View Mobile Site

Ask the Expert

Signal Photos


Kenneth W. Keller: How to carry your business through a slump

Inside Business

Posted: June 16, 2009 3:18 p.m.
Updated: June 16, 2009 3:16 p.m.

Every business owner hits a slump from time to time. You might be in one now — or you might be just emerging from one — or starting to feel one coming on. The key to dealing with it is to do so in a manner that will benefit you when you come out of it.

Sometimes a slump is caused by your actions. But slumps also can be created by forces beyond your control. Today we often use “the economy,” as the outside force responsible for what is happening. Maybe nothing has happened except that you are tired and burned out; many business owners work too long and too hard, making an effort cannot be sustained indefinitely.

A slump can develop when we grow tired — not of the work, but tired of the sameness of the job. With nothing to challenge us, nothing new and exciting, doing the mundane will slowly draw us into a period of reduced energy, lack of focus and less caring about what we do.

How do you deal with a slump? The first step is to recognize that you are in one. Many owners don’t want to look in the mirror and face the reality that things aren’t going as well as they once were, or as well as they could be.

It would be better for you if you faced the facts: Things aren’t where you want them to be. Tell yourself: “I am in a slump.” The more you say it, the more you will accept where you are, mentally and physically.

When people go into a slump, it is like being physically ill with the flu or a bad cold. You feel some symptoms, you tell yourself that you are just imagining things. Then, before you know it, you are ill beyond belief. While you might try to continue to function normally, your production is low; and in the end, probably not worth the trouble of doing. When you get this ill, it is hard to remember what it feels like to be well.

The recovery is seldom quick. It takes days, and sometimes weeks, to get back to being normal.

The help to fight a slump can come from two sources — from inside of us or from an outside agent. Most people grow tired of being a slump, decide that they will no longer be a victim of their own actions or outside forces such as the economy, and put together a plan to implement changes in what they do and how they do it.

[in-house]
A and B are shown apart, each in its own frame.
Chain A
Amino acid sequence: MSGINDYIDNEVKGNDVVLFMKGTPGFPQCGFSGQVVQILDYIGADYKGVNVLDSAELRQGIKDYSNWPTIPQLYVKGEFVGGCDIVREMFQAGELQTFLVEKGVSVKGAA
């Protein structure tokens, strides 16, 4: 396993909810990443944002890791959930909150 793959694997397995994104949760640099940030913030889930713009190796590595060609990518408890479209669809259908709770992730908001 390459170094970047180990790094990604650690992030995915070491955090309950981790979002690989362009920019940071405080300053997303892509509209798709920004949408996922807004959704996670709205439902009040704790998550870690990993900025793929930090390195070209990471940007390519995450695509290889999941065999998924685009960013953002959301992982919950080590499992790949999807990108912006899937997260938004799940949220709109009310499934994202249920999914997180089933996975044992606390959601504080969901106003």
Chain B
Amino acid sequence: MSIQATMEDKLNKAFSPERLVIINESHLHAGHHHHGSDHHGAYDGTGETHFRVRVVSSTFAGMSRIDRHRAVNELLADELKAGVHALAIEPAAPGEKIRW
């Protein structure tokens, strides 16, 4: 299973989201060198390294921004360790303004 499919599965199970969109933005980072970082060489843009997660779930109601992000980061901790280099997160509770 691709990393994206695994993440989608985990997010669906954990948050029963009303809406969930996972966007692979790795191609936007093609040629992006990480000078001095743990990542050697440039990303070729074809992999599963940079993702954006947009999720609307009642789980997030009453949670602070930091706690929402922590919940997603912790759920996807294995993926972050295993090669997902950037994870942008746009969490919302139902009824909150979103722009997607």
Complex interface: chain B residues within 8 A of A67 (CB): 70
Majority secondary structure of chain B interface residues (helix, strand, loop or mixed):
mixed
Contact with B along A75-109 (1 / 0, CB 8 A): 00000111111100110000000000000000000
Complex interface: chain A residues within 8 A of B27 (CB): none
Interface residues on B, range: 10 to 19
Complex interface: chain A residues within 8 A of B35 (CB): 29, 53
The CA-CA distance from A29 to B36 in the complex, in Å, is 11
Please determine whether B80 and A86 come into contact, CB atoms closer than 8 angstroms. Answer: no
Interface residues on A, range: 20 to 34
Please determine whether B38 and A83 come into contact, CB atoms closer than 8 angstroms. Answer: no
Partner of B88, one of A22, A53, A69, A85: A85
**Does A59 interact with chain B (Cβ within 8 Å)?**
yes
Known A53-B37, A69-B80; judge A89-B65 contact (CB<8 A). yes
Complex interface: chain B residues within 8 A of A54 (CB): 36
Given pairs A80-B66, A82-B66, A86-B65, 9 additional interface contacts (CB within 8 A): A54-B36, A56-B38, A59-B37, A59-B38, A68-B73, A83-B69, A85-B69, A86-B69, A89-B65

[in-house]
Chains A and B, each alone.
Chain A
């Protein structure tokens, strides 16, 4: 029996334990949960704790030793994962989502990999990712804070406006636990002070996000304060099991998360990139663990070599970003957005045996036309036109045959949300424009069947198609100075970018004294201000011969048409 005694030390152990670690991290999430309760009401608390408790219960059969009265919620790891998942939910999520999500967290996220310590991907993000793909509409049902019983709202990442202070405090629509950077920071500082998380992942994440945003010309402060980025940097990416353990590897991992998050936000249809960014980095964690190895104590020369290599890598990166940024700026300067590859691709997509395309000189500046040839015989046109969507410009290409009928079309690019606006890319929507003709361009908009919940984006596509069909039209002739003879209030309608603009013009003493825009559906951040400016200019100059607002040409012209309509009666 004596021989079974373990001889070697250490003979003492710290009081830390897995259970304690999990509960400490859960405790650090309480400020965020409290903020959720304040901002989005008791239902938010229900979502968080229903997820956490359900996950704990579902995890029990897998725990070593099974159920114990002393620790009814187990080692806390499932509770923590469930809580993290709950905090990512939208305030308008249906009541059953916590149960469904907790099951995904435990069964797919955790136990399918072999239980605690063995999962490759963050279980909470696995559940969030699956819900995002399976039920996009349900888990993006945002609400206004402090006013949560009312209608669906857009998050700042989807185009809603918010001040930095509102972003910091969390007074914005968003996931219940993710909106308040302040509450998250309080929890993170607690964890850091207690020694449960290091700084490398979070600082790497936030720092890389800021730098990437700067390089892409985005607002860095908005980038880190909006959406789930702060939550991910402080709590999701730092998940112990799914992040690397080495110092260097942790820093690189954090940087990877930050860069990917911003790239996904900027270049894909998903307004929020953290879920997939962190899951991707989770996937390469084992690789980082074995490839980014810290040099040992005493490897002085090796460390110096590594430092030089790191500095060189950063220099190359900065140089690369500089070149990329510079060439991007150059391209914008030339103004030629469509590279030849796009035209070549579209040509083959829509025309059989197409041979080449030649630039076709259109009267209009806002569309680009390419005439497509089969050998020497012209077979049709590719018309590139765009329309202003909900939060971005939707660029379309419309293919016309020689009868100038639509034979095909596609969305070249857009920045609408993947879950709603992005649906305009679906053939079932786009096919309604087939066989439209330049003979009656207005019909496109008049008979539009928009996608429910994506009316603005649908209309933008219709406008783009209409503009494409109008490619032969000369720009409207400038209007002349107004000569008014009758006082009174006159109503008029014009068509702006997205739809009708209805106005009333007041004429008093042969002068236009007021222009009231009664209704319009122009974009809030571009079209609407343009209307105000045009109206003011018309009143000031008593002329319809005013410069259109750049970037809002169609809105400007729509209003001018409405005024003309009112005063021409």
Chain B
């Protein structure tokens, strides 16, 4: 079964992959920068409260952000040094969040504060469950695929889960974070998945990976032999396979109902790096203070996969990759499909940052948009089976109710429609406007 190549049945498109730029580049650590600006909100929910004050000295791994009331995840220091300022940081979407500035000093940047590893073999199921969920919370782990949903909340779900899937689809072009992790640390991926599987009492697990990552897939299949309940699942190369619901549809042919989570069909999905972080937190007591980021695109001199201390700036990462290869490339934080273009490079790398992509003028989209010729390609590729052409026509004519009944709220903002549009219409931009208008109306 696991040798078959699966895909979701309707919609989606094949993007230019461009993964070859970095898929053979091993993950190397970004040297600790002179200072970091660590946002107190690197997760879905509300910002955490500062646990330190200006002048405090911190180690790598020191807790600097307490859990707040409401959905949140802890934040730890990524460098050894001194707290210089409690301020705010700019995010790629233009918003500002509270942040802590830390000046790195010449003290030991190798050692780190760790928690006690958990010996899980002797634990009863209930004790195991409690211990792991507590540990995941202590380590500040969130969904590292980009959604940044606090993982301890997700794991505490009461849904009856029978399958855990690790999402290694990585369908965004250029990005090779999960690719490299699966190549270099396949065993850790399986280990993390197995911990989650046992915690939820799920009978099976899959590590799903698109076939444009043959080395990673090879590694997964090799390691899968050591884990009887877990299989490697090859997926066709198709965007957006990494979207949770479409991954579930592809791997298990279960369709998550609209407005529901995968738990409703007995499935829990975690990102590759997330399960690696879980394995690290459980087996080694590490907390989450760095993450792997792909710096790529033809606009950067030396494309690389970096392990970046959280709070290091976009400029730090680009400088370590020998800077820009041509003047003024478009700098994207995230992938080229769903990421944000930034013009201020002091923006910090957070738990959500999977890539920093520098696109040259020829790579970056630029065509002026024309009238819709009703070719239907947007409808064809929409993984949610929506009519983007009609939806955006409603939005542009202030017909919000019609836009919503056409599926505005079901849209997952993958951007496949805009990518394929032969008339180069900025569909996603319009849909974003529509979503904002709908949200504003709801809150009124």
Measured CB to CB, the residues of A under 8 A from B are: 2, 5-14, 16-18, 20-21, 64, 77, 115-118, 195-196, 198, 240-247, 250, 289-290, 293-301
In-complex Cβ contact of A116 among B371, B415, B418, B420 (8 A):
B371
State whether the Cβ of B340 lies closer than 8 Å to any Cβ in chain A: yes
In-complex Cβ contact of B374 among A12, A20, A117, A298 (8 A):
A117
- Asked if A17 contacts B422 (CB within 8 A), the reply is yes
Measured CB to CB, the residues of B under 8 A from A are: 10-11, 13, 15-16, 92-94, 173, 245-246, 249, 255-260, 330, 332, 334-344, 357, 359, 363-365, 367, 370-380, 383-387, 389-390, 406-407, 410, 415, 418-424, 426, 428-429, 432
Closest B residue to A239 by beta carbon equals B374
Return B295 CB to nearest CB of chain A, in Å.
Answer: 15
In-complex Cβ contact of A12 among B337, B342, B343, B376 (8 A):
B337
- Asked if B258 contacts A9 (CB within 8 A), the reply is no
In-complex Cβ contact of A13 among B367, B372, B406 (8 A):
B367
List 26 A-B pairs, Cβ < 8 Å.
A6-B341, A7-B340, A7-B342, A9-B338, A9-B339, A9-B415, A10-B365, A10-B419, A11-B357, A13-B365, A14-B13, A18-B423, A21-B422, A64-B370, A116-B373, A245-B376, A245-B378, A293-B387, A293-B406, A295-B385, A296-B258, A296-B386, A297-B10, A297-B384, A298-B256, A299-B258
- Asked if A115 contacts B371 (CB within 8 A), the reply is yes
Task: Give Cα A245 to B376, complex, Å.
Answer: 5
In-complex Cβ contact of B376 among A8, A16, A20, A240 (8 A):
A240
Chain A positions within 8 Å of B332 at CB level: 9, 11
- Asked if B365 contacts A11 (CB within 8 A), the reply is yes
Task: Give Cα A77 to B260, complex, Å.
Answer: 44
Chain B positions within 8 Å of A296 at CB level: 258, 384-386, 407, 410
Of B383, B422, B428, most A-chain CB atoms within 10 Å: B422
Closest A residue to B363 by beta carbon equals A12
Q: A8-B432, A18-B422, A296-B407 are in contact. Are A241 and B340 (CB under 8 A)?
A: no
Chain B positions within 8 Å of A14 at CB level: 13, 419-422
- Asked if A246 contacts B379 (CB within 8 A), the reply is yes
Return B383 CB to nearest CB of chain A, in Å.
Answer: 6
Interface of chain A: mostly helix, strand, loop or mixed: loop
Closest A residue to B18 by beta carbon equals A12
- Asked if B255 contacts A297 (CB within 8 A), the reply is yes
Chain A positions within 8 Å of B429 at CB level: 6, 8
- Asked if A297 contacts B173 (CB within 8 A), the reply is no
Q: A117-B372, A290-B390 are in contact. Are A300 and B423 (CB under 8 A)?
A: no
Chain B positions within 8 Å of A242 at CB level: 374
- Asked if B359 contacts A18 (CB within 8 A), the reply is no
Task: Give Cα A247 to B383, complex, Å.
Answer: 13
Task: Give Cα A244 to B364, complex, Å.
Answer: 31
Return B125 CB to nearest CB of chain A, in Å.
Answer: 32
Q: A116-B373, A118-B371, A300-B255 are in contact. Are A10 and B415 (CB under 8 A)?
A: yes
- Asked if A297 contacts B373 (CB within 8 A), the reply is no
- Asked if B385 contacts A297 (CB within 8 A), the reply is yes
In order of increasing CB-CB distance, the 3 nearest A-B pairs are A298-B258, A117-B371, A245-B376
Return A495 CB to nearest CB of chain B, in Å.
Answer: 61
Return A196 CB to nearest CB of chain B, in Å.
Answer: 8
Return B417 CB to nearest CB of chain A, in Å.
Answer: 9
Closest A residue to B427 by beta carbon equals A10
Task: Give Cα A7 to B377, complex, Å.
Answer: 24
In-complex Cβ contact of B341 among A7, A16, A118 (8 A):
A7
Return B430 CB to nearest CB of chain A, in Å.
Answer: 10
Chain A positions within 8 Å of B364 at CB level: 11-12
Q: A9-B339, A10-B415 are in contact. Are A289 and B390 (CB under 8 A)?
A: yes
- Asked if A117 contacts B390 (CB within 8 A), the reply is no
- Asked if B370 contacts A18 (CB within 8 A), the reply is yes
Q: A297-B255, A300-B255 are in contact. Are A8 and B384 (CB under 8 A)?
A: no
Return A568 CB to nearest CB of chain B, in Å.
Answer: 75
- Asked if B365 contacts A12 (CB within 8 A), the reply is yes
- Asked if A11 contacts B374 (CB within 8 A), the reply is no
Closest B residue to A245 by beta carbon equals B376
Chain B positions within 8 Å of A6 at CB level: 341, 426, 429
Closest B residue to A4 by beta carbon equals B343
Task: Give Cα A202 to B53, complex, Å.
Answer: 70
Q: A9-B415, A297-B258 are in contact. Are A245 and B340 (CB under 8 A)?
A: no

Others need an outside agent to get jump-started. Often this force is something fearful; most people will go to great lengths to avoid pain.

Don’t fight the fact that you are in a slump; accept it for what it is: a short-term condition that will pass if you take the right course of action to turn things around. The question is, what is the right course of action?

When a ship comes out of a storm, the captain and navigator reorient the ship to determine where it currently is, and where the destination is. Knowing those two things, they make a decision about the course to take, and then they start moving in that direction.

All the while they are making sure the ship is seaworthy, the most basic element of seamanship.

And so it is with being a business owner in a slump. Go back to the basics. Start practicing the fundamentals, those things that first made your business a success. Since you already know where you are, the next logical step is to establish a destination for yourself.

Make it measurable and achievable. Work hard, but work smarter.

Kenneth Keller is president of Renaissance Executive Forums, which brings business owners together in facilitated peer advisory boards. His column represents his own views and not necessarily those of The Signal.



Most Popular Articles

There are no articles at this time.
Commenting not available.
Commenting is not available.


Powered By
Morris Technology
Please wait ...